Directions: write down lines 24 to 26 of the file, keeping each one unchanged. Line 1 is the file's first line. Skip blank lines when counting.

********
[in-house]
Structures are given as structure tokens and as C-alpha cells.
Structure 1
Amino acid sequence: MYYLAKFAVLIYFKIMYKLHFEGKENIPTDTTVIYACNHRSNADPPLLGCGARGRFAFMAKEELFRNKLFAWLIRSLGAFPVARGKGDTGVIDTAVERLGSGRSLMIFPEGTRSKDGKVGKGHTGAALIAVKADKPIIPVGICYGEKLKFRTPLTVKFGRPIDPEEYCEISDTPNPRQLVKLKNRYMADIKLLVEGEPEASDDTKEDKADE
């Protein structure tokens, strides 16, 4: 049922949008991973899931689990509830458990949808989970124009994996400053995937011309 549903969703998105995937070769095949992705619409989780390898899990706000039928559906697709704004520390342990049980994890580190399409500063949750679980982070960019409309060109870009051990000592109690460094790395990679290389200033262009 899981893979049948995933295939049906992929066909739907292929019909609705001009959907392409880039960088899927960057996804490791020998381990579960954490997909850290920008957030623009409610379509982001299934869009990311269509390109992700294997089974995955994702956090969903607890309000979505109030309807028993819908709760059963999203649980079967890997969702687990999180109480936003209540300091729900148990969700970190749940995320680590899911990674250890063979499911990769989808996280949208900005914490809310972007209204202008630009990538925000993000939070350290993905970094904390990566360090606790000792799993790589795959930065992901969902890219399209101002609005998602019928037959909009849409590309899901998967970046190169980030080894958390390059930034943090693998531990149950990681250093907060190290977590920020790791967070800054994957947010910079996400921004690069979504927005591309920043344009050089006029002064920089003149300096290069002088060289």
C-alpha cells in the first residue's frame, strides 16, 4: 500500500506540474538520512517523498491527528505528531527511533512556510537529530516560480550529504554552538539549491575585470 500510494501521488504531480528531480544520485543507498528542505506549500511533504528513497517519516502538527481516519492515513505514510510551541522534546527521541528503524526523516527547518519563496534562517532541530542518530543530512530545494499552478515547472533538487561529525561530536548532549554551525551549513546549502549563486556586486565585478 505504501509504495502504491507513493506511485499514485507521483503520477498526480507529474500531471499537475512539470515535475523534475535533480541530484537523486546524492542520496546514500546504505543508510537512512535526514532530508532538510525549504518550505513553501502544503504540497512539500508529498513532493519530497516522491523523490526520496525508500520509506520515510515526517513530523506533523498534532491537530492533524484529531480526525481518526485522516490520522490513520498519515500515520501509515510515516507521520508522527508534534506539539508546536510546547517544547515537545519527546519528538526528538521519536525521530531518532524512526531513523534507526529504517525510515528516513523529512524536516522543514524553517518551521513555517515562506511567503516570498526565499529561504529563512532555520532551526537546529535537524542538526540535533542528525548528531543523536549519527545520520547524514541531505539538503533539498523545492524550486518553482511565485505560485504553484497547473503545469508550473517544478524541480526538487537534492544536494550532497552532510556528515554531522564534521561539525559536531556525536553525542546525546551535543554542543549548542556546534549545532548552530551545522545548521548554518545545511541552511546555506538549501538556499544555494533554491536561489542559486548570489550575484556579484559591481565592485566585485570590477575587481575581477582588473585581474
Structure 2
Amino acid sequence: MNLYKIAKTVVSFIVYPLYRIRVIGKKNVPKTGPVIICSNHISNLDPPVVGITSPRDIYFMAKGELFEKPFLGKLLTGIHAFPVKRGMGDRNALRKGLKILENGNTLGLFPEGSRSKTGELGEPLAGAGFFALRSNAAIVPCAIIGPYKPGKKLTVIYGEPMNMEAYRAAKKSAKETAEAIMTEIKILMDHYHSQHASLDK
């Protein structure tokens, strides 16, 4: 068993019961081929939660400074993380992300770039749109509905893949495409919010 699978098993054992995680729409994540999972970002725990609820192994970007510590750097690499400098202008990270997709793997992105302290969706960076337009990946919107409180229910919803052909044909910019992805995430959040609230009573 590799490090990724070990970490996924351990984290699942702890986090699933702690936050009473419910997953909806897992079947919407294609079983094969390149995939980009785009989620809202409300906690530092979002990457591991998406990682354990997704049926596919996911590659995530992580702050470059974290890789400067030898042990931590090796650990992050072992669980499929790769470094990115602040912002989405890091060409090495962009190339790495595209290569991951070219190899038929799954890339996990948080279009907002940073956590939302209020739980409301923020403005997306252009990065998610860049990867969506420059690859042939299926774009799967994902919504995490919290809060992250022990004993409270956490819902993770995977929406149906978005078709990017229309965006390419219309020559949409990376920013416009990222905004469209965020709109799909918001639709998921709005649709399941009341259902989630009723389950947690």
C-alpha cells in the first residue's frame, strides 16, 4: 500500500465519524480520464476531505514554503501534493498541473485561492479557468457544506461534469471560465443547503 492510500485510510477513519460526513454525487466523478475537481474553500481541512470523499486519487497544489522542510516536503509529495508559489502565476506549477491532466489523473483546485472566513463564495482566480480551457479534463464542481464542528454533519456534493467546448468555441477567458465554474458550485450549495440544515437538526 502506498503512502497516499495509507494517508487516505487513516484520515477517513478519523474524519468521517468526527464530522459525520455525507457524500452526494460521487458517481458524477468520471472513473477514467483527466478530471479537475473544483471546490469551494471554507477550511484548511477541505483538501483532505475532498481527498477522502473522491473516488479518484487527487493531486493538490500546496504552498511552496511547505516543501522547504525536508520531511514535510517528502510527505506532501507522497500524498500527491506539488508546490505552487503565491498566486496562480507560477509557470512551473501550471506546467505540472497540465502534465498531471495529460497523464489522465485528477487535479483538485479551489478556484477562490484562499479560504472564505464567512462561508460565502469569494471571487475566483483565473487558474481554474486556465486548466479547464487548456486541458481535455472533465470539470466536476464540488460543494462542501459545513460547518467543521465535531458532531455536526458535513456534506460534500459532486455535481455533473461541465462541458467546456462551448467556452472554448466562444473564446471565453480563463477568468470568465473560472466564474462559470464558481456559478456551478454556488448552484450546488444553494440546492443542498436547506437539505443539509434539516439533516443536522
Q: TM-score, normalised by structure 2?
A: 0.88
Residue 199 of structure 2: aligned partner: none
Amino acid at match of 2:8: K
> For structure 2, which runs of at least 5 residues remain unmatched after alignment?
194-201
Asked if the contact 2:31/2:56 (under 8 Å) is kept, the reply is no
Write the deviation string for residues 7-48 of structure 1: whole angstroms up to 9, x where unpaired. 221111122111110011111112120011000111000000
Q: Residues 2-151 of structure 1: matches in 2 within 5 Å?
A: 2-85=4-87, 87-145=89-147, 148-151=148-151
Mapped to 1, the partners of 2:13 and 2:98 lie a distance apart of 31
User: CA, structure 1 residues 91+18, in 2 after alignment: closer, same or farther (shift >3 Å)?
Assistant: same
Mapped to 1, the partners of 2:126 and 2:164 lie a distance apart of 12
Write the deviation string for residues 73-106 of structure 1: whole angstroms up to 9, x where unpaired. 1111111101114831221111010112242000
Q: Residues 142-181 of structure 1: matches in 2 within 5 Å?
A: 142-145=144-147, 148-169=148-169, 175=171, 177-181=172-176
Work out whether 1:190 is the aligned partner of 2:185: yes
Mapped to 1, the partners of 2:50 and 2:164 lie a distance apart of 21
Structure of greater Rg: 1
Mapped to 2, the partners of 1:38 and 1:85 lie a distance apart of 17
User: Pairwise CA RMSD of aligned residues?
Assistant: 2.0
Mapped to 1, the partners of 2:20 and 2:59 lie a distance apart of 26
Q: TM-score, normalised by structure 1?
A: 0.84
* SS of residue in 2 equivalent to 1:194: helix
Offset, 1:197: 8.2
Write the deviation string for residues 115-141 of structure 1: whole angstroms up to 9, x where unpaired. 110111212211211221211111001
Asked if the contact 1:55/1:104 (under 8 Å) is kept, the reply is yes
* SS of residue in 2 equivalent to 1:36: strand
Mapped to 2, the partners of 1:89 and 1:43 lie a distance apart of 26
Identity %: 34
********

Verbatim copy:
Mapped to 1, the partners of 2:126 and 2:164 lie a distance apart of 12
Write the deviation string for residues 73-106 of structure 1: whole angstroms up to 9, x where unpaired. 1111111101114831221111010112242000
Q: Residues 142-181 of structure 1: matches in 2 within 5 Å?